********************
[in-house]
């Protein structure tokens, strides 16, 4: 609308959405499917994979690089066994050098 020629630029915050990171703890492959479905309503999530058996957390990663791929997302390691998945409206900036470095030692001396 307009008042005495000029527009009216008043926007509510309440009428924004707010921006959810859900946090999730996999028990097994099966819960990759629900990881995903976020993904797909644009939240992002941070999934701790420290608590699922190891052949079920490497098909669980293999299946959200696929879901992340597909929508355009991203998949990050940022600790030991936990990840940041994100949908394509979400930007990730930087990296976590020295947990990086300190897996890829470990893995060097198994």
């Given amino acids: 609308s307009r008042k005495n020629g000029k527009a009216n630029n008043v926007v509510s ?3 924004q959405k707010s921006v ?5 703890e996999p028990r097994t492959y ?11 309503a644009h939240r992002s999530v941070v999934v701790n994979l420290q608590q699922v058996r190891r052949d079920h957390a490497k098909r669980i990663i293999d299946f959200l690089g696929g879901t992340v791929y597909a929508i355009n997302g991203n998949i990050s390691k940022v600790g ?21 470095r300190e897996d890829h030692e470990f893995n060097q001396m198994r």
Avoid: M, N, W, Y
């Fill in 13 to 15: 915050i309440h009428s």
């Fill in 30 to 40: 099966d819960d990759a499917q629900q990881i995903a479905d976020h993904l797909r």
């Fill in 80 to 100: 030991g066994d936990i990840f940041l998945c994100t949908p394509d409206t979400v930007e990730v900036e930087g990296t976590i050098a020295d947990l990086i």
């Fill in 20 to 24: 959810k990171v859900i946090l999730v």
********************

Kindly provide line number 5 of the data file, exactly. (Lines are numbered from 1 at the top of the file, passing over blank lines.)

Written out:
């Fill in 13 to 15: 915050i309440h009428s």